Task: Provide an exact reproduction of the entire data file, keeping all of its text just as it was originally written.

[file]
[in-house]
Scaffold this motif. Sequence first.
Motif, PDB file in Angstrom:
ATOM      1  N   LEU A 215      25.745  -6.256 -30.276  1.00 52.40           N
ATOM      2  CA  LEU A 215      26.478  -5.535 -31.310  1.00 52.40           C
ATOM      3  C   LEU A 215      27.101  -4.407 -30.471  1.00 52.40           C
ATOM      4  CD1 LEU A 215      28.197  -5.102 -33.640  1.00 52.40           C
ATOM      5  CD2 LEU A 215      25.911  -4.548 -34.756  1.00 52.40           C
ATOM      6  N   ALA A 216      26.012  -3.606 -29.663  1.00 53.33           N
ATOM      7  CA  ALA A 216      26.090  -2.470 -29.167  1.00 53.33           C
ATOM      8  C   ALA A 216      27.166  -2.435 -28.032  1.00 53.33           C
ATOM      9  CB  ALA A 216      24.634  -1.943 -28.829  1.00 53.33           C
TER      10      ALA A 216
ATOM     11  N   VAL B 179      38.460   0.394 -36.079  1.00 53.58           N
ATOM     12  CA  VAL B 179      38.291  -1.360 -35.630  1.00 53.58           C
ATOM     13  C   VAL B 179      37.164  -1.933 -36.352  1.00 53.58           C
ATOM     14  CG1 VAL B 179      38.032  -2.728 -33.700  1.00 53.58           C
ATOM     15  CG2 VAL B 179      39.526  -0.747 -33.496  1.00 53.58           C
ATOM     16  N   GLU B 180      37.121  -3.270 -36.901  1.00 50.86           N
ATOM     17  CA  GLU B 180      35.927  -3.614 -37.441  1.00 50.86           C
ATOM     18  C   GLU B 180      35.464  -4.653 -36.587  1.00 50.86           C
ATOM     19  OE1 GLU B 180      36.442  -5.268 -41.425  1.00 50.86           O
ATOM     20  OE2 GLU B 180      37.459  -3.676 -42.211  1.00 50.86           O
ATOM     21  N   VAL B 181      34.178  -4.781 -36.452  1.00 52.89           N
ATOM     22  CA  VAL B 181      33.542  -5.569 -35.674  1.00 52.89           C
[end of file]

[in-house]
Scaffold this motif. Sequence first.
Motif, PDB file in Angstrom:
ATOM      1  N   LEU A 215      25.745  -6.256 -30.276  1.00 52.40           N
ATOM      2  CA  LEU A 215      26.478  -5.535 -31.310  1.00 52.40           C
ATOM      3  C   LEU A 215      27.101  -4.407 -30.471  1.00 52.40           C
ATOM      4  CD1 LEU A 215      28.197  -5.102 -33.640  1.00 52.40           C
ATOM      5  CD2 LEU A 215      25.911  -4.548 -34.756  1.00 52.40           C
ATOM      6  N   ALA A 216      26.012  -3.606 -29.663  1.00 53.33           N
ATOM      7  CA  ALA A 216      26.090  -2.470 -29.167  1.00 53.33           C
ATOM      8  C   ALA A 216      27.166  -2.435 -28.032  1.00 53.33           C
ATOM      9  CB  ALA A 216      24.634  -1.943 -28.829  1.00 53.33           C
TER      10      ALA A 216
ATOM     11  N   VAL B 179      38.460   0.394 -36.079  1.00 53.58           N
ATOM     12  CA  VAL B 179      38.291  -1.360 -35.630  1.00 53.58           C
ATOM     13  C   VAL B 179      37.164  -1.933 -36.352  1.00 53.58           C
ATOM     14  CG1 VAL B 179      38.032  -2.728 -33.700  1.00 53.58           C
ATOM     15  CG2 VAL B 179      39.526  -0.747 -33.496  1.00 53.58           C
ATOM     16  N   GLU B 180      37.121  -3.270 -36.901  1.00 50.86           N
ATOM     17  CA  GLU B 180      35.927  -3.614 -37.441  1.00 50.86           C
ATOM     18  C   GLU B 180      35.464  -4.653 -36.587  1.00 50.86           C
ATOM     19  OE1 GLU B 180      36.442  -5.268 -41.425  1.00 50.86           O
ATOM     20  OE2 GLU B 180      37.459  -3.676 -42.211  1.00 50.86           O
ATOM     21  N   VAL B 181      34.178  -4.781 -36.452  1.00 52.89           N
ATOM     22  CA  VAL B 181      33.542  -5.569 -35.674  1.00 52.89           C